After telling the world on Thursday that "Gone are the fears that the economy could fall into another recession," it seems that the Associated Press's Christopher Rugaber needed some help explaining away Friday's weak jobs report from the government's Bureau of Labor Statistics.
The AP had four reporters on Friday evening's coverage, all seemingly in search of a viable excuse for another "unexpectedly" disappointing report: Rugaber, co-author Paul Wiseman, and contributors Jonathan Fahey and Joyce Rosenberg in New York. Several paragraphs from their report follow the jump (bolds and numbered tags are mine):
DIM LABOR REPORT SHOWS US ADDED JUST 88K JOBS
A streak of robust job growth came to a halt in March , signaling that U.S. employers may have grown cautious in a fragile economy.
The gain of 88,000 jobs  was the smallest in nine months.
... Friday's weak jobs report from the Labor Department caught analysts by surprise and served as a reminder that the economic recovery is still slow, nearly four years after the Great Recession ended. 
... Economists had no single explanation for why hiring weakened so sharply and broadly - from retailers and manufacturers to electronics and building materials companies. Some said deep government spending cuts that began taking effect March 1 might have contributed to the slowdown, along with higher Social Security taxes.  Others raised the possibility that last month was just a pause  in an improving job market.
Whatever the reasons, slower job growth will extend the Federal Reserve's policy of keeping borrowing costs at record lows. 
March's job gain was less than half the average of 196,000 jobs in the previous six months, raising the prospect that for the fourth straight spring, the economy and hiring could show strength early in the year, only to weaken later. Some economists say weak hiring may persist into summer before rebounding by fall. 
... Longer-term trends have helped keep the participation rate down. The baby boomers have begun to retire. The share of men 20 and older in the labor force has dropped as manufacturing has shrunk. 
... An intensifying European financial crisis depressed hiring in 2010. Japan's earthquake and tsunami also disrupted U.S. manufacturing in 2011. Last year, an unusually warm winter caused employers to do more hiring early in the year, cutting into hiring that normally happens in spring.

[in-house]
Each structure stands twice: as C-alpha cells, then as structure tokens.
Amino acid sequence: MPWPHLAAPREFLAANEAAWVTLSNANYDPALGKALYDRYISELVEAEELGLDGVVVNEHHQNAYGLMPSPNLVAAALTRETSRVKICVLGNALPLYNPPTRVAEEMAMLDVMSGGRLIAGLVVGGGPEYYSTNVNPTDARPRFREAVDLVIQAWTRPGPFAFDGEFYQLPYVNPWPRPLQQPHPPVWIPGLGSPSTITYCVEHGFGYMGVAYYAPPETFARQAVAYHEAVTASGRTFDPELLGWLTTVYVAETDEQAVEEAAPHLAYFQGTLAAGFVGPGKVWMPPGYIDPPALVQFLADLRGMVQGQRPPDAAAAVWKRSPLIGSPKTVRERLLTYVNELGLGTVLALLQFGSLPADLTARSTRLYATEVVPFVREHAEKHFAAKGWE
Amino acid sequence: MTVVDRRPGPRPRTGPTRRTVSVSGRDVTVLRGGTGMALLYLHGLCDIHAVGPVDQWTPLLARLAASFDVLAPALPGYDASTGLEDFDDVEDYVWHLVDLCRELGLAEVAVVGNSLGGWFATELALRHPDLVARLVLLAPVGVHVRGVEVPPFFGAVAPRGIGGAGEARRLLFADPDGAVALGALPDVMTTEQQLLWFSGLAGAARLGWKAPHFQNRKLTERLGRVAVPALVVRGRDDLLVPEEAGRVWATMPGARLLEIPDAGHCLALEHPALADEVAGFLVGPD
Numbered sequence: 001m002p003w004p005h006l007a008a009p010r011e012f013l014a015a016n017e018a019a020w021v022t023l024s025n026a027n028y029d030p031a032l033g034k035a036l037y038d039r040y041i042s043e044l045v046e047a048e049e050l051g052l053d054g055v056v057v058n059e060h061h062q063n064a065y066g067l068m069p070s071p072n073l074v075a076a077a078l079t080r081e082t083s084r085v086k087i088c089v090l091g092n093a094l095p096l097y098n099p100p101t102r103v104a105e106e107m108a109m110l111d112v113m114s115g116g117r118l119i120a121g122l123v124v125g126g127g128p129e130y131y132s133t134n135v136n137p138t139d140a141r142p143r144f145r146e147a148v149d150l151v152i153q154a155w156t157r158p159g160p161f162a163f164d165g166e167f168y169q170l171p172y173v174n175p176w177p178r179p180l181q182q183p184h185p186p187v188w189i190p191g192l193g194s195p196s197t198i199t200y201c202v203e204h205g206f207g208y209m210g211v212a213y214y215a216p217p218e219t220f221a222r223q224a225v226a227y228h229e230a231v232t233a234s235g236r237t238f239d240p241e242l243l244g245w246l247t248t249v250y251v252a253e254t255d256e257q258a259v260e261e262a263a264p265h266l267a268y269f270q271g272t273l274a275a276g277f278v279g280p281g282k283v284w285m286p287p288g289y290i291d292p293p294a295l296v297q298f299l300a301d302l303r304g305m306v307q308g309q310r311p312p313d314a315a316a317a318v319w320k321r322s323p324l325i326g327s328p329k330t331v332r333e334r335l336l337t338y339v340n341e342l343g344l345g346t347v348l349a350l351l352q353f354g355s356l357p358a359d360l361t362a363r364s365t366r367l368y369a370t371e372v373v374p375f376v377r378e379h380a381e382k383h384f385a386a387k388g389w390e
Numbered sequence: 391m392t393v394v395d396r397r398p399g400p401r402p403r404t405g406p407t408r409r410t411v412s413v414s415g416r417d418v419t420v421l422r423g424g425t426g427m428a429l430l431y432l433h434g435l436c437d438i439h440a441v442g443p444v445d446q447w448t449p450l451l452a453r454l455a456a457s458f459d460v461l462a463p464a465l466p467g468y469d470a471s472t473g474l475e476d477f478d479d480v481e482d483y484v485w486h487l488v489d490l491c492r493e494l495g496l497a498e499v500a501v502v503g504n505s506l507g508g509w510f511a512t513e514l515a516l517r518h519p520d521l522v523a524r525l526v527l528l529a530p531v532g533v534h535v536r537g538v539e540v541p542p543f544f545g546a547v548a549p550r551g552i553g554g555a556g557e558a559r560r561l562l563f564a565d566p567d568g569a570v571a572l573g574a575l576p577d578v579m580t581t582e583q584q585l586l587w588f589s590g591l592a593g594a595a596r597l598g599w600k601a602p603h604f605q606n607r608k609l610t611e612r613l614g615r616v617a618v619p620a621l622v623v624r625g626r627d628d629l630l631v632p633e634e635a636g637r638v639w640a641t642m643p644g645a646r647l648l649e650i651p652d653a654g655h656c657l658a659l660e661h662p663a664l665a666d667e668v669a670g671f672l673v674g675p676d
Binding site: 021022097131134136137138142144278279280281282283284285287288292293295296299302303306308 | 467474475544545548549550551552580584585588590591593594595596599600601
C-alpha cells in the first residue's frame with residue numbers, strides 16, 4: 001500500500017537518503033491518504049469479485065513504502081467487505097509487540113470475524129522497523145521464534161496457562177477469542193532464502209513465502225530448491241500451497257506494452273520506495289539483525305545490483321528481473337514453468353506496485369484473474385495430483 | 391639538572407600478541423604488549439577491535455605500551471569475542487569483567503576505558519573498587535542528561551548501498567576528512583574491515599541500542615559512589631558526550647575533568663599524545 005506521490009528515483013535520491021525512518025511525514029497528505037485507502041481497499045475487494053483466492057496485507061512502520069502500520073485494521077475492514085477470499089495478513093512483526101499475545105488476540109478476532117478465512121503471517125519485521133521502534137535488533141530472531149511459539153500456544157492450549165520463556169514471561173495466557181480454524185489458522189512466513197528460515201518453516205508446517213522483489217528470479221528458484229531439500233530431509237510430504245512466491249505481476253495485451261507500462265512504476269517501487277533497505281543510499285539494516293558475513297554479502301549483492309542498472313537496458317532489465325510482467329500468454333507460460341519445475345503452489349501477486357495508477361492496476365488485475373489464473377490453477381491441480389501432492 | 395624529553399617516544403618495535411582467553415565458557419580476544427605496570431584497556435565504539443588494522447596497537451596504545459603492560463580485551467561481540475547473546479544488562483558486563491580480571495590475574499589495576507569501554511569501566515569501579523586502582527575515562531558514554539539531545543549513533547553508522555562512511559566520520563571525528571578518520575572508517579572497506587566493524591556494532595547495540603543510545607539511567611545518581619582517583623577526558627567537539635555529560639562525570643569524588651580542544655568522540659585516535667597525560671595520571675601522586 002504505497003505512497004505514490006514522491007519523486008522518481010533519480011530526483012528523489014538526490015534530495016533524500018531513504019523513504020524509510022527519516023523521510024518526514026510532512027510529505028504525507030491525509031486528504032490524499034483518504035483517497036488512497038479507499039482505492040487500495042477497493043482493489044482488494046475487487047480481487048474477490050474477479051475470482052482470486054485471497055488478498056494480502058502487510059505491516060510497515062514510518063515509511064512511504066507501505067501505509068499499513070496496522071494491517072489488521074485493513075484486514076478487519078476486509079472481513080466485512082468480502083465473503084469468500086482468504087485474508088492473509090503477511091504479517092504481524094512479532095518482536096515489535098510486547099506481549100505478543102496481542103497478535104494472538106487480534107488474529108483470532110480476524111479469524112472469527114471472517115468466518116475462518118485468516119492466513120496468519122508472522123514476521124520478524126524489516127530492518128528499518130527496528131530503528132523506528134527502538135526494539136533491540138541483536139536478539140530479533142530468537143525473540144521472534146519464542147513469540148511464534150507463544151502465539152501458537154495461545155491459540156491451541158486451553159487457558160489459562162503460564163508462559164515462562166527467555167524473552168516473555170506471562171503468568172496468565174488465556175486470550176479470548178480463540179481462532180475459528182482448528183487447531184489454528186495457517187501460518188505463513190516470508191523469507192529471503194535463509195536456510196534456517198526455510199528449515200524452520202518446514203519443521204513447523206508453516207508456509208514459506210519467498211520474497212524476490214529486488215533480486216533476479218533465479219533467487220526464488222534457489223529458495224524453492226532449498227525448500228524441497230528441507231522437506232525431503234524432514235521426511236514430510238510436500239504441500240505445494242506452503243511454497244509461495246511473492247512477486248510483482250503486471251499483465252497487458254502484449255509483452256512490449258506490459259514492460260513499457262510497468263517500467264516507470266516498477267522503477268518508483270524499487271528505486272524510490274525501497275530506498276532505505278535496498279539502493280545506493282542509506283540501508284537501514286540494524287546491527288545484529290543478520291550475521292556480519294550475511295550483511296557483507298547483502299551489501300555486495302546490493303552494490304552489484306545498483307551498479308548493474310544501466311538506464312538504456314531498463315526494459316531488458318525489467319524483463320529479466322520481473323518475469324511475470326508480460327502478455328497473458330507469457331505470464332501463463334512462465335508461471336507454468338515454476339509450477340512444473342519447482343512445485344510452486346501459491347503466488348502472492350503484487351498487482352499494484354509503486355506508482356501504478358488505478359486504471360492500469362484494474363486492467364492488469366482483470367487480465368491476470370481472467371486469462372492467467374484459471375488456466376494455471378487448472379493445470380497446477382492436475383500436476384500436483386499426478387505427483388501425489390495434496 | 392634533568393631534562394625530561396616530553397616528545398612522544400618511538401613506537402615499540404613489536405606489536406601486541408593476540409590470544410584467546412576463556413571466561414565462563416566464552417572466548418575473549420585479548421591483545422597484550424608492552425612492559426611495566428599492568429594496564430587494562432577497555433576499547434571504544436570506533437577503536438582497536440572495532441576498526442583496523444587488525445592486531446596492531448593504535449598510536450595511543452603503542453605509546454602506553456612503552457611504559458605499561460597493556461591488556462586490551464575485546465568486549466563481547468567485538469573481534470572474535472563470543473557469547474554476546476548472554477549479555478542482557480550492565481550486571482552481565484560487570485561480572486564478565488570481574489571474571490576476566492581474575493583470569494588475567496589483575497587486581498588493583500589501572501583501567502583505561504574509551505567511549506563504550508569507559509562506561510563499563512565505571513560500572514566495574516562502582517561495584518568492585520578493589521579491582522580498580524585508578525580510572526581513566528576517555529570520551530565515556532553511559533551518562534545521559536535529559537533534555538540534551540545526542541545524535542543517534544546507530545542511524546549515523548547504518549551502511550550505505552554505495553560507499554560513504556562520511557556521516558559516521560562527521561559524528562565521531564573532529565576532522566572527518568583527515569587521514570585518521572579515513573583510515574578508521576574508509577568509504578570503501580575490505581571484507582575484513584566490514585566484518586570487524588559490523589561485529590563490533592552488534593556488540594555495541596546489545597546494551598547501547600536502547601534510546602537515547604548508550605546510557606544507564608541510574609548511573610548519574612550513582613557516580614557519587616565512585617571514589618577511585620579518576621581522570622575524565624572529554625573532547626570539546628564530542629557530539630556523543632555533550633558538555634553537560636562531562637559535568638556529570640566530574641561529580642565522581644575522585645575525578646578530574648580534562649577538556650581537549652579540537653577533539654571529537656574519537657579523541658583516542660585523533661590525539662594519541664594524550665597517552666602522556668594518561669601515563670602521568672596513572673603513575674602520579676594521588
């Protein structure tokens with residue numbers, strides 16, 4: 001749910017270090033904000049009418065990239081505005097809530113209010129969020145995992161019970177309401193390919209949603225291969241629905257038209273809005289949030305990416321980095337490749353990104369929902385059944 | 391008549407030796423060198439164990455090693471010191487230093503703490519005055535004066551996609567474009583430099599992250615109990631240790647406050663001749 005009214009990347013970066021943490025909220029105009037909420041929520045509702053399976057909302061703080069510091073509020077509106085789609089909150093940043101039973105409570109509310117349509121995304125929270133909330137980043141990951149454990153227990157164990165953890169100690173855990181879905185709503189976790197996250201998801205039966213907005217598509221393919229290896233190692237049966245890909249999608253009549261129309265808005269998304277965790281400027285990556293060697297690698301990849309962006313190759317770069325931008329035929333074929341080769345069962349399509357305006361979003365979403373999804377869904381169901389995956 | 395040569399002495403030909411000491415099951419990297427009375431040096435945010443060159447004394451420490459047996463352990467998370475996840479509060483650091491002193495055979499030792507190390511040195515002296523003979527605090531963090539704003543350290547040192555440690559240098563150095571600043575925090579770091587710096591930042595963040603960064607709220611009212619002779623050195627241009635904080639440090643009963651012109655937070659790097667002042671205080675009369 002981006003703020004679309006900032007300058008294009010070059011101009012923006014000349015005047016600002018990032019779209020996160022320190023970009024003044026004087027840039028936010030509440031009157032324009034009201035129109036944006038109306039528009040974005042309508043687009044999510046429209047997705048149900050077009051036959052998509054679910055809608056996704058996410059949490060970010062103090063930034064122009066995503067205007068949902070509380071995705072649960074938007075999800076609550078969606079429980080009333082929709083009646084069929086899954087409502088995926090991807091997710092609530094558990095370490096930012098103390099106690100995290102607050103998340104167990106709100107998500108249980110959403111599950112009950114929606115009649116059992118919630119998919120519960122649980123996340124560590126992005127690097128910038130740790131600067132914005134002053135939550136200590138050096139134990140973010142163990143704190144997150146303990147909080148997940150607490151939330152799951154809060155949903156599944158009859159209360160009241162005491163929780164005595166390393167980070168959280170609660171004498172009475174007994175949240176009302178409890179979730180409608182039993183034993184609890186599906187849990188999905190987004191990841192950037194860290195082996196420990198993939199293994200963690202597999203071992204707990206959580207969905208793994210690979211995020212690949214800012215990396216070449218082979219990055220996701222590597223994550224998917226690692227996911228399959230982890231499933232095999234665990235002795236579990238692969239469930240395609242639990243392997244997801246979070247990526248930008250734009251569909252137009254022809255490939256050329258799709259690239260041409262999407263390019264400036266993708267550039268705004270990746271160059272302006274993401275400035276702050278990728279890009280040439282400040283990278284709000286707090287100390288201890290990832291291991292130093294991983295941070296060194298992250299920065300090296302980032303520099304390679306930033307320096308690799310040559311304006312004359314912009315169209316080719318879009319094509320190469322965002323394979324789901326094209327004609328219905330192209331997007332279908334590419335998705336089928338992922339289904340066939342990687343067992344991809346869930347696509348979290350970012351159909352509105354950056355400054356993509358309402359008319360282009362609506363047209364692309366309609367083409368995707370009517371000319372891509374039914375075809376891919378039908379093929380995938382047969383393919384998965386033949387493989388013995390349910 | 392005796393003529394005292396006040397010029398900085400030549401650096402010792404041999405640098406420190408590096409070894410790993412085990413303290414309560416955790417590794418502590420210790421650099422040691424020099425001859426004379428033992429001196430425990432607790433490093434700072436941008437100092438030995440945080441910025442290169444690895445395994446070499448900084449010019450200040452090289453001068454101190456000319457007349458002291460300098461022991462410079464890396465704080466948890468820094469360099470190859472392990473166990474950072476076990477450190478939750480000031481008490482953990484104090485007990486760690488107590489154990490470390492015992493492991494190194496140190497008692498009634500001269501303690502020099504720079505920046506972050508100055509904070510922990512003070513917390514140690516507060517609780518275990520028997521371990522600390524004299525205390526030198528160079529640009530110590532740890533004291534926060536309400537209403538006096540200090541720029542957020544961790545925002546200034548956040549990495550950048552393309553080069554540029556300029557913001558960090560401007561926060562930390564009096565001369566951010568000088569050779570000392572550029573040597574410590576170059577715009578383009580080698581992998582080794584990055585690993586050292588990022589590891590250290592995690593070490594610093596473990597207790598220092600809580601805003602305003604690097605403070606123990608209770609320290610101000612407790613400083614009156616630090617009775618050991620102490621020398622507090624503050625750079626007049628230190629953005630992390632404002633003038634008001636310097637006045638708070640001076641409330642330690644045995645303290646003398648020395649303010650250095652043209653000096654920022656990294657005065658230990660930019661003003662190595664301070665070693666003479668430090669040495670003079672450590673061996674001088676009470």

-- This "robust job growth" refers to the past four months, which, looking at the raw (not seasonally adjusted) figures after revisions, were no better than the same four months a year earlier. 1.521 million jobs were lost from November 2011 through February 2012. From November 2012 through February 2013, the loss was 1.515 million.
 -- There is no defensible excuse for not describing the result as "seasonally adjusted." The term is not in the report. The average reader will assume that 88,000 jobs were actually added. The fact is that BLS believes 759,000 were added. The problem is, that's the worst March result since the recession officially ended, worse than 2012 (901,000), 2011 (907,000), and even 2010 (835,000).
 -- This would have been the perfect opportunity to tell readers that this is by far the worst "recovery" since World War II. But of course not.
 -- Excuses, excuses. The reason AP had to be so vague ("some said") about the "deep government spending cuts" copout is that almost no one outside the government or who isn't an Obama administration alum agrees that the "cuts," which are really reductions in projected spending growth, contributed to yesterday's pathetic results. As to taxes, it's interesting that the tax increases on upper-income Americans resulting from the fiscal cliff deal and as a result of ObamaCare weren't mentioned.
 -- Economies don't "pause" without a reason.
 -- Sure, let's keep covering the government's deficits and applying artificial stimulus. That has done so much for economic growth since the recession -- not.
 -- Sure, it will only be for a few months, and things will get better after that indefinitely. Just like the past three years -- not.
 -- Seriously, why should the decline of manufacturing automatically lead to reduced male employment? It's as if this is the only sector in which men can work. Really?
 -- The three items cited were not major factors in the years involved. The 2012 excuse about the warm winter is a real howler. None of these events would have held back a sufficiently robust economy properly driven by appropriate public policy.
So the economy went from recession-proof to "fragile" in a day. Amazing. This should be professionally embarrassing. Is it, Chris? Do you even care?
Cross-posted at BizzyBlog.com.